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Eaten, Barely Blogged: Hello, Myrtle Avenue

I took so many photos at Sapolo that I decided to
give it its own post.

Chinantla. I'm excited to have what feels like a
secret taqueria (there is a full-on restaurant in the back of this bodega, not
just a counter with a seat or two) only six blocks away. Mini-chains Calexico
and Oaxaca have their fans, but they just weren't cutting it for me. The pork
enchilada (as in chile sauced, not the dish with the name) probably wasn't the
wisest pick. The meat was pounded to schnitzel thinness and sauteed till lifeless
and tough enough to start bending the flimsy metal knife I was given. With a big
scoop of refried beans, mountain range of Mexican rice and slices of avocado
and nopales, it was a lot of food for $9, though. I'll definitely return for
something simpler and more fool-proof because I want this place to be good.

Tepango trio

Tepango. is four blocks closer to me and courts a
broader audience with things like hard shell tacos and what they call a Super
Taco, a $5 fat rolled corn tortilla filled with meat and enrobed melted cheese
like a taco-burrito-quesadilla hybrid. These are just regular $2 tacos, the al
pastor sweet with lots of pineapple chunks and grilled onions. They deliver,
but it's worth stopping by in person to see the hand-drawn anime and fantasy
Aztec art that decorates the walls.

Zaytoons pitza

Zaytoons. The only Carroll Gardens/Clinton Hill
crossover, I think, and not the only neighborhood Middle Eastern choice (Damas
Falafel House still needs to assessed). It's byob, five mezzes are only $8.50
(I'm always impressed with how good the boring sounding lentils and rice,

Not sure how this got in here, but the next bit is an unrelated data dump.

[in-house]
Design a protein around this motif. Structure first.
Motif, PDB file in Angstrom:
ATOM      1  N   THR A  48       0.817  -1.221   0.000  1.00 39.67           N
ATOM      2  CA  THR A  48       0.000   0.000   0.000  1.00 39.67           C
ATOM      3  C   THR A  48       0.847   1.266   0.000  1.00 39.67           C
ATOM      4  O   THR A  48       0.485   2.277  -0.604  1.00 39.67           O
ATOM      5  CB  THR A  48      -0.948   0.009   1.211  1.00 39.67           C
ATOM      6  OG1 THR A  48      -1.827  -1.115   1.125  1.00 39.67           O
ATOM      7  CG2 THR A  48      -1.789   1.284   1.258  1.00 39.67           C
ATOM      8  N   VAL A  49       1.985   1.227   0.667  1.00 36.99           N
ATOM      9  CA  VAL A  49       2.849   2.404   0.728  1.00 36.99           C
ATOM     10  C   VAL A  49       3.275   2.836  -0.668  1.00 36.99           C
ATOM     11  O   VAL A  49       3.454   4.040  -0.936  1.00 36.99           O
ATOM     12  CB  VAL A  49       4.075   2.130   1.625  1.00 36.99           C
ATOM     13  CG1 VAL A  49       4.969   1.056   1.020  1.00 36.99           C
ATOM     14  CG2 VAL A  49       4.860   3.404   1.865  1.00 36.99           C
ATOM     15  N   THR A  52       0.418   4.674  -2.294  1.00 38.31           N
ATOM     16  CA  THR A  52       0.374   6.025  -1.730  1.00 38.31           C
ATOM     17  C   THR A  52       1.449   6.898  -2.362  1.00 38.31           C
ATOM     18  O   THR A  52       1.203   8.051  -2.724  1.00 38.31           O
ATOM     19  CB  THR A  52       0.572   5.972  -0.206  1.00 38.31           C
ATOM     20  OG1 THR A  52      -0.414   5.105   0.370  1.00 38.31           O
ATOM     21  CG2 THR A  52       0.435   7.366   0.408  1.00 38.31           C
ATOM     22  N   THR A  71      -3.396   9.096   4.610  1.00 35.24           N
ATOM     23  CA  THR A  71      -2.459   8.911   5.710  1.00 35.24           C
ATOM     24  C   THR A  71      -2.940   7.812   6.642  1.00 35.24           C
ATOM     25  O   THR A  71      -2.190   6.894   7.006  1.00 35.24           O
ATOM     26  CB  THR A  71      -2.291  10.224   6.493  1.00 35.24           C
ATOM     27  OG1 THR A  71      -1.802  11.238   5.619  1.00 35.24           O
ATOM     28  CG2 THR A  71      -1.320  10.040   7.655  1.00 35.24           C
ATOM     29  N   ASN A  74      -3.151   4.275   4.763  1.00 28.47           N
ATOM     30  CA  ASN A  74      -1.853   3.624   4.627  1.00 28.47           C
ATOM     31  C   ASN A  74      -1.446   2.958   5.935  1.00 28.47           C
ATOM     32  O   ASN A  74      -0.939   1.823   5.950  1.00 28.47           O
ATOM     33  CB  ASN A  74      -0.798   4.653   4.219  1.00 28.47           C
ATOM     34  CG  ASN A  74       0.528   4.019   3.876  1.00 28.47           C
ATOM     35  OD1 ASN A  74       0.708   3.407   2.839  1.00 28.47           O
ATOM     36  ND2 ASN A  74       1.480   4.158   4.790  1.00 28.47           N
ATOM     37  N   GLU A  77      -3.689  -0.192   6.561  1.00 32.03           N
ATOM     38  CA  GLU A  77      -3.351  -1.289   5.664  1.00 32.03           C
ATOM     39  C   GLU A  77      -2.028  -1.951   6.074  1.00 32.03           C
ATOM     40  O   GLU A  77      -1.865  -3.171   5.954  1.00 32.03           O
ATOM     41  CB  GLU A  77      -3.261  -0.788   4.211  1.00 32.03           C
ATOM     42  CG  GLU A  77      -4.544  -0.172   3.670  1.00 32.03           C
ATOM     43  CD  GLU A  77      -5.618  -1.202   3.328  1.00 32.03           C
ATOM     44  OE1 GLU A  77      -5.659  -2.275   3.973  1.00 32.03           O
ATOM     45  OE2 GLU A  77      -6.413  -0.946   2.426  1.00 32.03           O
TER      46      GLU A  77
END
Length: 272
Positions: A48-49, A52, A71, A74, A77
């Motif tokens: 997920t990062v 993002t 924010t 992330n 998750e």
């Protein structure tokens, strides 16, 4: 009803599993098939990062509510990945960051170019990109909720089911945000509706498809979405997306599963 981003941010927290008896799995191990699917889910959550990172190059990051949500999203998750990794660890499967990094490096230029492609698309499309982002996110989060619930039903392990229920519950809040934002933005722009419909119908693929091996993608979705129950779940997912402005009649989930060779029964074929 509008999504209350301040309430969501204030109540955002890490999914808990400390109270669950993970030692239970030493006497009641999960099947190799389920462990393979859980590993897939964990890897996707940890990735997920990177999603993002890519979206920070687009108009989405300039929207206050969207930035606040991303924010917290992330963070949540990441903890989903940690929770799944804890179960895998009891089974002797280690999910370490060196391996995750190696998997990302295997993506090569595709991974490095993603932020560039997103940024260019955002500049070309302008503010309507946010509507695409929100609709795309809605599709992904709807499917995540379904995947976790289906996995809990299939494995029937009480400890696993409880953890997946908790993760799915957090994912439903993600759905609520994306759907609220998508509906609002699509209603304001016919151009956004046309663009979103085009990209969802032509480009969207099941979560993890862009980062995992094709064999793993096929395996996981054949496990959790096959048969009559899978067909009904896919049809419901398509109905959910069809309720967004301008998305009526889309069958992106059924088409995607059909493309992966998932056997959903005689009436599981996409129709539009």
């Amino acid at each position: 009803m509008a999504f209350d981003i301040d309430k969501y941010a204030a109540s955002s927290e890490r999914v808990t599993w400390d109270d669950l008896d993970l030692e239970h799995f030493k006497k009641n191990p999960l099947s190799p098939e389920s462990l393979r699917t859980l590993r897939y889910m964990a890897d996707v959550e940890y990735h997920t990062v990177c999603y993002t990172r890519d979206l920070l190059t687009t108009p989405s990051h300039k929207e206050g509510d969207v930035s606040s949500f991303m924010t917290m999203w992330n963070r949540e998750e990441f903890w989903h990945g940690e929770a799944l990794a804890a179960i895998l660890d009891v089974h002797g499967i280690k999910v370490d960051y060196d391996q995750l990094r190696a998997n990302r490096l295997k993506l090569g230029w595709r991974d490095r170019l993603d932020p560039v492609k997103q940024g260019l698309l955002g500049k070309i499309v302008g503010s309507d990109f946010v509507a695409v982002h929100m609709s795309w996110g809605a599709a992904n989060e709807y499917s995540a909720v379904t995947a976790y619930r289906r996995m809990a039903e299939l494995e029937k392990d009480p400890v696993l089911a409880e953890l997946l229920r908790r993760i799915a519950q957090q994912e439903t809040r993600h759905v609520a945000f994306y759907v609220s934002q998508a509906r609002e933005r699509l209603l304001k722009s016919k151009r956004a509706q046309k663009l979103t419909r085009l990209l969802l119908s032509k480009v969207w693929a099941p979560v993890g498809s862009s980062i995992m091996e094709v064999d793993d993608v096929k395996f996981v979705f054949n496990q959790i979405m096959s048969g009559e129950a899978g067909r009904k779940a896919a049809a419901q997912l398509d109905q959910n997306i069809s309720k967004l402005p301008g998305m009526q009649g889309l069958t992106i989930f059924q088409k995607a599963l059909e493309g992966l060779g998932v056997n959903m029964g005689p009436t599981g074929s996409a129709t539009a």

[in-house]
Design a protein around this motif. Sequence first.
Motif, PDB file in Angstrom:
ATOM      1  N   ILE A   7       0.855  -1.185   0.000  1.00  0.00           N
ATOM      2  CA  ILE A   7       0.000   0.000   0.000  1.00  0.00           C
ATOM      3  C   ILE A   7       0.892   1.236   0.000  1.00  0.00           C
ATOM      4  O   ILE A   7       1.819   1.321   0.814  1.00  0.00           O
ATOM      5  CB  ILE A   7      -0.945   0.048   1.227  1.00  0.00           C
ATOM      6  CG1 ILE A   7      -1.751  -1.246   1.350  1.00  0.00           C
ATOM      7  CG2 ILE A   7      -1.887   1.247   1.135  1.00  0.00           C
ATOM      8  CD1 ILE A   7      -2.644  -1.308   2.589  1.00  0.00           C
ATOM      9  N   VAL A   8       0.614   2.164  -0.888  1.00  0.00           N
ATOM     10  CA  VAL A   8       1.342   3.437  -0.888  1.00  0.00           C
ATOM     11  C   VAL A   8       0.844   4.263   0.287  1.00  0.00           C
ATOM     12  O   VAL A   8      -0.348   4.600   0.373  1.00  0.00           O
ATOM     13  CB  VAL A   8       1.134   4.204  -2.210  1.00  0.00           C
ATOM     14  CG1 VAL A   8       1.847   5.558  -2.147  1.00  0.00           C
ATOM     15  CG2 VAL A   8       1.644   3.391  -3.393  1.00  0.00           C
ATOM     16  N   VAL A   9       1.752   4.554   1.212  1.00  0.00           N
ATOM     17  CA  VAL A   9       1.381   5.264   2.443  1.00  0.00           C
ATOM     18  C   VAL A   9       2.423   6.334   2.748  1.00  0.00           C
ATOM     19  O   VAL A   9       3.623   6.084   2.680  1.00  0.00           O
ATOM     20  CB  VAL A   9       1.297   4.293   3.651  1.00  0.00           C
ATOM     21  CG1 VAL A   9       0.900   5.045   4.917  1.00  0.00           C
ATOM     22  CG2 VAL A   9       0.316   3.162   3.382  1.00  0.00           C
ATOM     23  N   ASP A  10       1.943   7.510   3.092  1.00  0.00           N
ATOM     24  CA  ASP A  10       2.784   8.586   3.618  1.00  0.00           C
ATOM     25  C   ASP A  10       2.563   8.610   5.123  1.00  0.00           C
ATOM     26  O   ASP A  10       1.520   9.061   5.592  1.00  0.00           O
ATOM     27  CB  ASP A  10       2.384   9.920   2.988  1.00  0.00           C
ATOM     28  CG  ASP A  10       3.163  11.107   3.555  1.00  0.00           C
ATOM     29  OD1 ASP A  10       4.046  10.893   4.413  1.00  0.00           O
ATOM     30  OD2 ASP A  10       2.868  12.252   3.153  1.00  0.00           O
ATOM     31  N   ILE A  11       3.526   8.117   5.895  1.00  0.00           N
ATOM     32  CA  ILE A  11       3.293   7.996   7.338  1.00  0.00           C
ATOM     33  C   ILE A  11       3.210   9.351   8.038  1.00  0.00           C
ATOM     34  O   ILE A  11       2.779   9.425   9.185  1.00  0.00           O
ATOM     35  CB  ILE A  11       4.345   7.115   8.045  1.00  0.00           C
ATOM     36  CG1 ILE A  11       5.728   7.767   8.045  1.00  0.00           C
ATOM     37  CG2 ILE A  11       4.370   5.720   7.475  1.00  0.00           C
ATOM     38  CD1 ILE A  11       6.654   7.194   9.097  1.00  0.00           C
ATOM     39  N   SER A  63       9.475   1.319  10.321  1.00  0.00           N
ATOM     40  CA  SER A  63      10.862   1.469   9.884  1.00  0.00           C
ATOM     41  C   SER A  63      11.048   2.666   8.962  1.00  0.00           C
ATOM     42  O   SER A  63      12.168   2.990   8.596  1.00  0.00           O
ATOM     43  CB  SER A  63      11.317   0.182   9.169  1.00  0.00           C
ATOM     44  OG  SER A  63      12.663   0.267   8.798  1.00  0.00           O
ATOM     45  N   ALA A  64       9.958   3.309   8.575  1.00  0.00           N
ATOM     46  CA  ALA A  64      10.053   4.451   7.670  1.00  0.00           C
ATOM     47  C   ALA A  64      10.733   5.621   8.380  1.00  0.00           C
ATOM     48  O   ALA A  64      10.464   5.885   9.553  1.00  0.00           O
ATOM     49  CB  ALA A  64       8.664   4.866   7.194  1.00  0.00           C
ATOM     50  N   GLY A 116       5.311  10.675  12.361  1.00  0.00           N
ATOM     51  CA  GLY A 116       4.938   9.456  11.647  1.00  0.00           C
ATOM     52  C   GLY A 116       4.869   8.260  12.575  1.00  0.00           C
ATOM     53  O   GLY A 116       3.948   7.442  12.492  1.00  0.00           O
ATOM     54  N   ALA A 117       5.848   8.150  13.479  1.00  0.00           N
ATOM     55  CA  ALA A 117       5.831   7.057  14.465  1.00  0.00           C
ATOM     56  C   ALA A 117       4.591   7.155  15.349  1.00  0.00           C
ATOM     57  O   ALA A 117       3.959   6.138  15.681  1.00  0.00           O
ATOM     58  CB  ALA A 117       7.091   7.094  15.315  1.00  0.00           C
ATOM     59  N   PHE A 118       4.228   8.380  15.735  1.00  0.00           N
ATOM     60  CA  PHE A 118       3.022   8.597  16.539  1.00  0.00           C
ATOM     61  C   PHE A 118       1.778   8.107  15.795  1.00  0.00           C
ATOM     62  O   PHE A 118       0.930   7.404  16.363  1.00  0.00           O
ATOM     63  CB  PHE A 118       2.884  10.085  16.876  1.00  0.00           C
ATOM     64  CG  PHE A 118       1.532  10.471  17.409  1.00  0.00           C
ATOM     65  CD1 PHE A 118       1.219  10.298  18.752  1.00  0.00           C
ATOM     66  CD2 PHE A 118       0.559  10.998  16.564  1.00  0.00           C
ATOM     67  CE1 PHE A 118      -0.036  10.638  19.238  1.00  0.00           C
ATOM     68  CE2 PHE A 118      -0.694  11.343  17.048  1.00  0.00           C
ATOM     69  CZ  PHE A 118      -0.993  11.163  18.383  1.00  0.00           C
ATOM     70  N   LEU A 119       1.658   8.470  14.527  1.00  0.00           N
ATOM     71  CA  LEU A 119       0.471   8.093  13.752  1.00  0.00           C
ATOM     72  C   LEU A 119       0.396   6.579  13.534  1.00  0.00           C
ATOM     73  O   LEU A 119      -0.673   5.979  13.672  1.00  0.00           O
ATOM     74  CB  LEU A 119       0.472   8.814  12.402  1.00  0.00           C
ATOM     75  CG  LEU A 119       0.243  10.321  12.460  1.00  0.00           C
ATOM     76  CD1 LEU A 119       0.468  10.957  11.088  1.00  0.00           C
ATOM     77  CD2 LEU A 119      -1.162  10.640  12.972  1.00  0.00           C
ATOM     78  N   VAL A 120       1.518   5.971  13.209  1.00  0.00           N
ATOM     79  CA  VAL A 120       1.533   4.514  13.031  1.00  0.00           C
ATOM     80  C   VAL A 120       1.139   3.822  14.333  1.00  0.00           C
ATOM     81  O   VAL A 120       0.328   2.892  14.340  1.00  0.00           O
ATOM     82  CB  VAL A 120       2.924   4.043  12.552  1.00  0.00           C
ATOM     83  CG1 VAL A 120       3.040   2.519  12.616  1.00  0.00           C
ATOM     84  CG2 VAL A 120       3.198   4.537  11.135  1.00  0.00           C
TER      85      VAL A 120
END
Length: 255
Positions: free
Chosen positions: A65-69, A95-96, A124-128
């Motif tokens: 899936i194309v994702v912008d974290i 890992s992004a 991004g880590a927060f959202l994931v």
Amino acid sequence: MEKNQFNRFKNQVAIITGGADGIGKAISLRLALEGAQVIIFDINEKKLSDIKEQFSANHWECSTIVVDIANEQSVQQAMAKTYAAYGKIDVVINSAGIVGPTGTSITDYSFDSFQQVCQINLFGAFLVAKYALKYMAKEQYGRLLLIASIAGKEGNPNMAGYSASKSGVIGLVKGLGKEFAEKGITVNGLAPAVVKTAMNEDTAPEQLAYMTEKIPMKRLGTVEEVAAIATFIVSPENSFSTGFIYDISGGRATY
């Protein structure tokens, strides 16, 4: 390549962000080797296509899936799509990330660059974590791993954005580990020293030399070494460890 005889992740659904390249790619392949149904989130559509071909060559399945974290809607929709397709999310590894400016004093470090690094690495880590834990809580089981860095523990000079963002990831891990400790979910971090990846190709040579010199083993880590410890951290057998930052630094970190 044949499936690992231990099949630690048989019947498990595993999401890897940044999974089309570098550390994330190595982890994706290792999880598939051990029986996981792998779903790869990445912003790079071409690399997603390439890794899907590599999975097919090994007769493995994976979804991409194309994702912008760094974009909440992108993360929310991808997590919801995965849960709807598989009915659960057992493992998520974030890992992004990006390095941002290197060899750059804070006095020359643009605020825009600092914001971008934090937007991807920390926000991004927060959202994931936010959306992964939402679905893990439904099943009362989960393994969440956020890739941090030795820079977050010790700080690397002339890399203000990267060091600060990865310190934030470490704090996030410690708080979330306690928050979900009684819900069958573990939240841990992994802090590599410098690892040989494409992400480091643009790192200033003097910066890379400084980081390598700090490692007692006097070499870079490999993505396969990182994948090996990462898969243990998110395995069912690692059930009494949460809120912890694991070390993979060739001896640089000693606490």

moujadarra, is–it must be all the oily fried onions mixed in) and while maybe
melted cheese and lamb weren't meant to go together, I often end up with a shawarma

Maggie Brown. There's nothing really notable about
this solidly neighborhood restaurant/bar (there is nearly an equal amount of
small space devoted to eating as drinking). The burger is pretty solid
(medium-rare is honored) and there's a nice backyard. My only knowledge of
Maggie Brown up until now was when it got the Under $25 treatment eight years
, and I was surprised to see a Clinton Hill restaurant making The Times. It
still feels a little 2004, which is to say good enough for a transitional area
but not in line with the current crop of new nearish restaurants (Lulu &
Po, The Wallace, Prospect). And that's ok.

Clinton hill white castle

White Castle. For the second time in my NYC
existence, I live a block from a White Castle. This time it's directly across
the street and the view I'm treated to when peeking over the terrace. I don't
think I will ever be tempted by the sign advertising their new parfaits, but
the also-new jalapeno and cheese sliders (I have not been wild enough to try
the version with crispy fried onions yet) are not a bad 94-cent snack for those
who dig gooey processed cheese and chiles as much as I do. I hope this doesn't
become a habit.


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